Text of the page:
PHILADELPHIA, Dec. 12, 2016—This year, the Foundation for Individual Rights in Education (FIRE) saw an unprecedented decline in the percentage of universities maintaining written policies that severely restrict students’ free speech rights. This is the ninth year in a row that the percentage has dropped.
Released today, Spotlight on Speech Codes 2017: The State of Free Speech on Our Nation’s Campuses reports on written policies at 449 of America’s largest and most prestigious colleges and universities, all of which are accessible online in FIRE’s searchable Spotlight speech code database. FIRE rates schools as “red light,” “yellow light,” or “green light” institutions based on how much, if any, protected speech their policies restrict. The report’s findings were first featured in an editorial in this weekend’s Wall Street Journal.
Major findings from Spotlight on Speech Codes 2017 include: 39.6 percent of surveyed institutions maintain severely restrictive, red light speech codes—a nearly 10 percentage point drop from last year’s 49.3 percent.
Of the 449 schools surveyed, 27 received FIRE’s highest, green light rating for free speech. This number is up from 22 schools as of last year’s report.
Twenty schools or faculty bodies in FIRE’s Spotlight database adopted statements in support of free speech modeled after the one adopted by the University of Chicago in January 2015.
“The precipitous decline in restrictive speech codes means thousands of current and future students and faculty members will not be subject to policies that clearly violate their basic rights,” said FIRE Vice President of Policy Research Samantha Harris.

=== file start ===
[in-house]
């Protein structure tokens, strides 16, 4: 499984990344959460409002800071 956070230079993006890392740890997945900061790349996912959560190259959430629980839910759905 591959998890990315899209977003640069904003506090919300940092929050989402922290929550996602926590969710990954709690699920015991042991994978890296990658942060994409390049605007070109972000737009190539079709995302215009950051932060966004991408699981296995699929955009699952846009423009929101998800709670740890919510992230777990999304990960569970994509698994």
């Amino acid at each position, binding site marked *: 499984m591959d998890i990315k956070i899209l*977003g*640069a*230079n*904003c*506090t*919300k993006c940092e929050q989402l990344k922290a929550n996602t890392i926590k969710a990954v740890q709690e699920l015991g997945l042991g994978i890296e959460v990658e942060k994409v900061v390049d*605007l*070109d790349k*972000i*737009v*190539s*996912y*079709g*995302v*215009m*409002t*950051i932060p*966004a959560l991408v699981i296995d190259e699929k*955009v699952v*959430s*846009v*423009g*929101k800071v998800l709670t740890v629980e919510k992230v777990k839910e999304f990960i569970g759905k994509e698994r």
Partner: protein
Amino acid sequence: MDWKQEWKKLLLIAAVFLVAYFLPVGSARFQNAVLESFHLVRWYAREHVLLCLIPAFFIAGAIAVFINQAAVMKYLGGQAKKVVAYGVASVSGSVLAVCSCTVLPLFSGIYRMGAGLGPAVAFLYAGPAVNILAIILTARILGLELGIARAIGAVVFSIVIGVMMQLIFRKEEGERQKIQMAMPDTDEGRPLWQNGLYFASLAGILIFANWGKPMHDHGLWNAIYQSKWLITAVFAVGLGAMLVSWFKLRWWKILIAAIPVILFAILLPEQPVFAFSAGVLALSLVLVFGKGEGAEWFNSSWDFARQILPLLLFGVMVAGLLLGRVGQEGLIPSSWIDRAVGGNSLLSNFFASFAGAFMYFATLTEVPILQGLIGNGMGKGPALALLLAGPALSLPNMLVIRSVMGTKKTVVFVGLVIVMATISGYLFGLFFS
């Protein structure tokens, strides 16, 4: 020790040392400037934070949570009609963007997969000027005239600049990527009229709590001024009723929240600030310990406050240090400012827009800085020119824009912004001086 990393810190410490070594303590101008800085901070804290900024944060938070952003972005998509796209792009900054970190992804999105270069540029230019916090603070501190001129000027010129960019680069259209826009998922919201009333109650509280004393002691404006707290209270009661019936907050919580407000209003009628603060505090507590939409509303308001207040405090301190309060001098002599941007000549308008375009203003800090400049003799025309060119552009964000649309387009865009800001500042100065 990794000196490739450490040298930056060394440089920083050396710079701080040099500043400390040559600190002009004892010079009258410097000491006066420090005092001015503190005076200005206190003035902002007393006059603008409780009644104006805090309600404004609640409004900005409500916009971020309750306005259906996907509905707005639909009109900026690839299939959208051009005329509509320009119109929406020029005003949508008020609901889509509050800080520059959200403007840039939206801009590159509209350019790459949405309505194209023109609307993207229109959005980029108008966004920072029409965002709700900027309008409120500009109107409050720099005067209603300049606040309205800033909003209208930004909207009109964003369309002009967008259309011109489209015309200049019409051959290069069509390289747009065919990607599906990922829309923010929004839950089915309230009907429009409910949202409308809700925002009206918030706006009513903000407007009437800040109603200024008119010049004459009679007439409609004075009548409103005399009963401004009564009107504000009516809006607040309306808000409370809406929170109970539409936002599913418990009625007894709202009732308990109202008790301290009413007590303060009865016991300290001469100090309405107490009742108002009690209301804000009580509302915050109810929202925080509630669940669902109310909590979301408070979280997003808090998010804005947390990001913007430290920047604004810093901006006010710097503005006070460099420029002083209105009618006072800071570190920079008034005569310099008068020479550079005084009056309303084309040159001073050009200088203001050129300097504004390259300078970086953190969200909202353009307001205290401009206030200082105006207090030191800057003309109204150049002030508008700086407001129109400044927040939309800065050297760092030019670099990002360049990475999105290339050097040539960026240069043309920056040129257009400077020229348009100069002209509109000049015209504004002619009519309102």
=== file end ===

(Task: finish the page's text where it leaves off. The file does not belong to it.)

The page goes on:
“Over the past year, FIRE used all the resources at our disposal to achieve this result. We’ve worked collaboratively with college administrators and even members of Congress to reform policies, and litigated against speech codes when necessary. FIRE will continue our reform efforts until the last speech code is eliminated.”
As the report details, however, there are still serious threats to free speech on campus: 237 schools surveyed received a yellow light rating (52.8%). Yellow light policies restrict narrower categories of speech than red light policies do, or are vaguely worded in a way that could too easily be used to suppress protected speech, and are unconstitutional at public universities.
Of the institutions surveyed for this report, roughly 1 in 10 have “free speech zone” policies—policies limiting student demonstrations and other expressive activities to small and/or out-of-the-way areas on campus.
Hundreds of colleges have implemented bias reporting systems to solicit reports of bias on campus, which most universities explicitly define to encompass speech protected by the First Amendment. FIRE will release detailed metrics on these systems in the coming days.
“There are positive developments, but in many ways the climate for free speech on campus is more troubling than ever,” said Harris. “There are increasing demands from students for censorship, yellow light speech codes that don’t pass First Amendment muster are still a serious problem, and bias reporting systems are growing in popularity. It’s important that free speech advocates not rest on their laurels and remain diligent in defending this core civil right.”
Spotlight on Speech Codes 2017: The State of Free Speech on Our Nation’s Campuses can be read in full on FIRE’s website. FIRE also released a Google Chrome extension that will notify visitors to college websites of FIRE’s speech code ratings.